While the Greek spelling of Homer's geographical names was fixed once and for all when the poems were written down ... place names in western Europe went on changing in accordance with more or less well-established etymological rules, to be fixed by spelling only relatively recently.
Taking this fact into account, we shall see how virtually 400 odd Homeric place-names can be matched in a coherent and logical fashion with western European place-names as we know them today. Many of them are still easily recognizable, others very much less so, often because they have changed by invaders speaking a different language.
Even over the last few centuries, some place-names around the world have changed beyond recognition, due to pronunciation by peoples of different languages. Who, for example, would believe that Brooklyn in New York comes from the Dutch place name Breukelen, if it were not a documented fact?
While it is not possible to prove anything that occurred more than 3,000 years ago, I hope that my detective work has at least produced sufficient circumstantial evidence to convince the readers that the famous city of Troy was situated in western Europe. [...]
The reason for the longevity of place names in general and river names in particular is that conquerors generally adopt the already-existing name, although often modified or adapted to their own tongue.
A major exception to this rule is Greece, where invaders arriving in a country almost emptied of its population gave new names to many places - names familiar to them and appearing in Homer's works. But people arriving in a new and sparsely populated country of course give familiar names to places in a haphazard kind of way.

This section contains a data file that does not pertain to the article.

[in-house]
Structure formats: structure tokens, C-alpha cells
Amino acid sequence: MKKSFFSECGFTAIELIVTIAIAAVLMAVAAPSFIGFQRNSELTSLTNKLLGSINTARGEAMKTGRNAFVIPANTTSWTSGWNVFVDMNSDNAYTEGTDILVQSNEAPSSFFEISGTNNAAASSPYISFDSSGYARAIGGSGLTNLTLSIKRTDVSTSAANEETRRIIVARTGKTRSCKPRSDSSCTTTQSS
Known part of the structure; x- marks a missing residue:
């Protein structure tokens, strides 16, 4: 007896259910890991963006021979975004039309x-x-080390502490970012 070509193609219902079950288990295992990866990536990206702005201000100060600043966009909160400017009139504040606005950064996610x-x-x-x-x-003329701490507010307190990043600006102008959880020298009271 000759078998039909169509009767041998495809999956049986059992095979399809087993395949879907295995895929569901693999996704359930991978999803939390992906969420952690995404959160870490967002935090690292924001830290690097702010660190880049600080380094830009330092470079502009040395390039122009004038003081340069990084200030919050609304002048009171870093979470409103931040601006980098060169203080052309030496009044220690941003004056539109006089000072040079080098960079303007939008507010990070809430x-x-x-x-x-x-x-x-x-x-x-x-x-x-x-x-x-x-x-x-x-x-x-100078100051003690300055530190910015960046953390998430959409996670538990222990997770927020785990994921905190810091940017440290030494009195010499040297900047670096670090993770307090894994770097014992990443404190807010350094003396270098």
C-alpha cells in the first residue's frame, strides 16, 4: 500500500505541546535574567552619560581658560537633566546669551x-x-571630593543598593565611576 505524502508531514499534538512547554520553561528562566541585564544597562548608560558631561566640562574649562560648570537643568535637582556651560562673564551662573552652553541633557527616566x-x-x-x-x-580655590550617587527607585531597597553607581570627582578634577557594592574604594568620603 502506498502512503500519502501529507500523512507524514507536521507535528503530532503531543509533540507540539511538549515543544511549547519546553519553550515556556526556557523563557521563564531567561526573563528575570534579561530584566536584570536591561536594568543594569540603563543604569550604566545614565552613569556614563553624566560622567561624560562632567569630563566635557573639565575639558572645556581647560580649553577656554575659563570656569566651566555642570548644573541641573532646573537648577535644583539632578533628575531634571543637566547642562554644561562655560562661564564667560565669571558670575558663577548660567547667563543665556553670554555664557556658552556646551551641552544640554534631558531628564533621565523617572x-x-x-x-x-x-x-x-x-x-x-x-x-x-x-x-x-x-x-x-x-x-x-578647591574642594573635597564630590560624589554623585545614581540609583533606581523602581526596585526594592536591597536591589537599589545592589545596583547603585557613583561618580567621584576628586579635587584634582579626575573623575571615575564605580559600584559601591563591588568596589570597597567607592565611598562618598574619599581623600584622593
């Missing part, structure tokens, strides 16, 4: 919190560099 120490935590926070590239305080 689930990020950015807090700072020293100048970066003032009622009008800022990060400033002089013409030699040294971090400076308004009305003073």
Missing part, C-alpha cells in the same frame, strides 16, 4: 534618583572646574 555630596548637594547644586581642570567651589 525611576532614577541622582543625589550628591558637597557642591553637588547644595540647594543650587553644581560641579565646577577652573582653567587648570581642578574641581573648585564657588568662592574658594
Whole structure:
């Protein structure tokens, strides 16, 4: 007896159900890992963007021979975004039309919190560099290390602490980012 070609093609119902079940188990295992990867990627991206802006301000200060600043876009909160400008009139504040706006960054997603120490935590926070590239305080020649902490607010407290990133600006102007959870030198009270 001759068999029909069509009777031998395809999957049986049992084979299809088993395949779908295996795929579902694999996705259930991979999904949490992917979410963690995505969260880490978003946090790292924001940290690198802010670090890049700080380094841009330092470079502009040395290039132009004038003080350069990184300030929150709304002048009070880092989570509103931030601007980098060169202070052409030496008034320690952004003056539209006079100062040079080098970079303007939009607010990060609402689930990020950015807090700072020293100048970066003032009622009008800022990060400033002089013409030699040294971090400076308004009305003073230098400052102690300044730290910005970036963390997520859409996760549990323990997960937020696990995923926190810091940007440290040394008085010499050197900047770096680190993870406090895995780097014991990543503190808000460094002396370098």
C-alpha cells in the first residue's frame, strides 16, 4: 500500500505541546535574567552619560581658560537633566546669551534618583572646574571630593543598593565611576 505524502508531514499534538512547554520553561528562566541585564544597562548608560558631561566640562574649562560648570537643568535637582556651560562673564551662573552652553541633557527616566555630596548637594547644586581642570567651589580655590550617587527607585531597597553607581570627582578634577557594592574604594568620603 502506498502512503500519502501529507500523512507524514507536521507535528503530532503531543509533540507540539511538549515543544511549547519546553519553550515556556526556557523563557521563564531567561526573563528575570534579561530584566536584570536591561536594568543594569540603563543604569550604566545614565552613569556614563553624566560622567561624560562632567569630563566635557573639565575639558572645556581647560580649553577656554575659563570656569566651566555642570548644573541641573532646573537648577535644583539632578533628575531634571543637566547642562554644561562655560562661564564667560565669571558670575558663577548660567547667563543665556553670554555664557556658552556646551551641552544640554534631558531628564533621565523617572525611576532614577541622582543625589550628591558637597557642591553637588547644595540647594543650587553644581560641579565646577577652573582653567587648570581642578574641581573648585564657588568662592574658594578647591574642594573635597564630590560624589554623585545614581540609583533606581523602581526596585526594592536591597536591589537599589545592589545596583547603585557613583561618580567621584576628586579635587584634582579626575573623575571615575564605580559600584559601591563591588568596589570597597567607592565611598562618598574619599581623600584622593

In Australia, for example, Cardiff, Gateshead, Hamilton, Jesmond, Stockton, Swansea, and Walsend, widely scattered in Britain, are all suburbs of Newcastle, New South Wales. It is precisely this haphazard transposition of names that explains, for example, why Rhodes is an island in Greece, but a region in Homer; Euboea is another Greek island, but part of the continent in Homer; Chios yet another island, but not in Homer. Similarly, Homer speaks of an island called Syria which clearly cannot be Syros in the Cyclades. The reader may object that these are simply imprecisions due to the extreme antiquity of the text. But we have evidence that the present Egypt, Cyprus, Lesbos and Crete, all names appearing in Homer, were not known by those names in the Bronze Age.
The list of such anomalies is long. Even the identification of such Homeric places as Ithaca and Pylos has led to endless and inconclusive discussion among scholars and the difficulty of making sense of Homer in Greece or Turkey is brought out in recent studies by Malcolm Wilcock and G.S. Kirk. It is therefore clear that the poet, though he uses names we recognize, was not talking about the places that now bear those names. [Where Troy Once Stood, Wilkens, p. 52-53]